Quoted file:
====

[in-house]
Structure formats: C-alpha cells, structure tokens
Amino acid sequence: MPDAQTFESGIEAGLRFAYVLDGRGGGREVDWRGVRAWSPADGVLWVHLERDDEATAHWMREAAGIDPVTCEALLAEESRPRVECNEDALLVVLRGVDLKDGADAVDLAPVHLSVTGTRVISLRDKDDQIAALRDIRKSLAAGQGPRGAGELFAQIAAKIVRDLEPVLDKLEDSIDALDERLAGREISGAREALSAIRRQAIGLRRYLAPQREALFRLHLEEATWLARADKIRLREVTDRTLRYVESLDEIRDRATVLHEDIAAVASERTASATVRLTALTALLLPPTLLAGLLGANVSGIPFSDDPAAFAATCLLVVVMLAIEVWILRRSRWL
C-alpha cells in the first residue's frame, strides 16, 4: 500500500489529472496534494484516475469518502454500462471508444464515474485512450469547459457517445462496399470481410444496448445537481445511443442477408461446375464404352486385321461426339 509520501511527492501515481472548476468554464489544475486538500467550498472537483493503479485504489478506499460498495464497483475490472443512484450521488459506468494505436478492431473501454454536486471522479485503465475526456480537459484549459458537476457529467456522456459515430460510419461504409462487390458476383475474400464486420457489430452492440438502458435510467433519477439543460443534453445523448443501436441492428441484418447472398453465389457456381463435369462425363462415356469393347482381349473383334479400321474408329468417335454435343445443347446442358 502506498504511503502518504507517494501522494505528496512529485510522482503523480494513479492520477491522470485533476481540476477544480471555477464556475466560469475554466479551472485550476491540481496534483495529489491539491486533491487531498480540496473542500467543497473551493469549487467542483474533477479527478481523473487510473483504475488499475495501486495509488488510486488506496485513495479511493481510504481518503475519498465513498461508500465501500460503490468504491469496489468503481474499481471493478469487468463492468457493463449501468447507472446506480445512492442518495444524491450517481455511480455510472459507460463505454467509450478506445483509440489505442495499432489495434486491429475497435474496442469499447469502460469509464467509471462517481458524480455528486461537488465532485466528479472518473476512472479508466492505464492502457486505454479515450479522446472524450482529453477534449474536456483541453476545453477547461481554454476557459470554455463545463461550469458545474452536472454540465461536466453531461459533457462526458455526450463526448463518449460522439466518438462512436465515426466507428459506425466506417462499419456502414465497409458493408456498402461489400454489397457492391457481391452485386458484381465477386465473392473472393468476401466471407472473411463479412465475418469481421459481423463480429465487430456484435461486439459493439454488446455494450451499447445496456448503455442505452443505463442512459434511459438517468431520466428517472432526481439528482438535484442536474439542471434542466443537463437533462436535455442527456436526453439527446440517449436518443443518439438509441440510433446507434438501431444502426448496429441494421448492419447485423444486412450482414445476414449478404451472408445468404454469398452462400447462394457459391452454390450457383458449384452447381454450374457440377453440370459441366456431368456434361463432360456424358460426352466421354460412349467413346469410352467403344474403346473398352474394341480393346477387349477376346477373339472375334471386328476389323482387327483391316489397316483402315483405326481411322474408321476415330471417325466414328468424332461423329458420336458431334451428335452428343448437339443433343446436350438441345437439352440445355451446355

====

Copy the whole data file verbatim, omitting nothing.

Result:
[in-house]
Structure formats: C-alpha cells, structure tokens
Amino acid sequence: MPDAQTFESGIEAGLRFAYVLDGRGGGREVDWRGVRAWSPADGVLWVHLERDDEATAHWMREAAGIDPVTCEALLAEESRPRVECNEDALLVVLRGVDLKDGADAVDLAPVHLSVTGTRVISLRDKDDQIAALRDIRKSLAAGQGPRGAGELFAQIAAKIVRDLEPVLDKLEDSIDALDERLAGREISGAREALSAIRRQAIGLRRYLAPQREALFRLHLEEATWLARADKIRLREVTDRTLRYVESLDEIRDRATVLHEDIAAVASERTASATVRLTALTALLLPPTLLAGLLGANVSGIPFSDDPAAFAATCLLVVVMLAIEVWILRRSRWL
C-alpha cells in the first residue's frame, strides 16, 4: 500500500489529472496534494484516475469518502454500462471508444464515474485512450469547459457517445462496399470481410444496448445537481445511443442477408461446375464404352486385321461426339 509520501511527492501515481472548476468554464489544475486538500467550498472537483493503479485504489478506499460498495464497483475490472443512484450521488459506468494505436478492431473501454454536486471522479485503465475526456480537459484549459458537476457529467456522456459515430460510419461504409462487390458476383475474400464486420457489430452492440438502458435510467433519477439543460443534453445523448443501436441492428441484418447472398453465389457456381463435369462425363462415356469393347482381349473383334479400321474408329468417335454435343445443347446442358 502506498504511503502518504507517494501522494505528496512529485510522482503523480494513479492520477491522470485533476481540476477544480471555477464556475466560469475554466479551472485550476491540481496534483495529489491539491486533491487531498480540496473542500467543497473551493469549487467542483474533477479527478481523473487510473483504475488499475495501486495509488488510486488506496485513495479511493481510504481518503475519498465513498461508500465501500460503490468504491469496489468503481474499481471493478469487468463492468457493463449501468447507472446506480445512492442518495444524491450517481455511480455510472459507460463505454467509450478506445483509440489505442495499432489495434486491429475497435474496442469499447469502460469509464467509471462517481458524480455528486461537488465532485466528479472518473476512472479508466492505464492502457486505454479515450479522446472524450482529453477534449474536456483541453476545453477547461481554454476557459470554455463545463461550469458545474452536472454540465461536466453531461459533457462526458455526450463526448463518449460522439466518438462512436465515426466507428459506425466506417462499419456502414465497409458493408456498402461489400454489397457492391457481391452485386458484381465477386465473392473472393468476401466471407472473411463479412465475418469481421459481423463480429465487430456484435461486439459493439454488446455494450451499447445496456448503455442505452443505463442512459434511459438517468431520466428517472432526481439528482438535484442536474439542471434542466443537463437533462436535455442527456436526453439527446440517449436518443443518439438509441440510433446507434438501431444502426448496429441494421448492419447485423444486412450482414445476414449478404451472408445468404454469398452462400447462394457459391452454390450457383458449384452447381454450374457440377453440370459441366456431368456434361463432360456424358460426352466421354460412349467413346469410352467403344474403346473398352474394341480393346477387349477376346477373339472375334471386328476389323482387327483391316489397316483402315483405326481411322474408321476415330471417325466414328468424332461423329458420336458431334451428335452428343448437339443433343446436350438441345437439352440445355451446355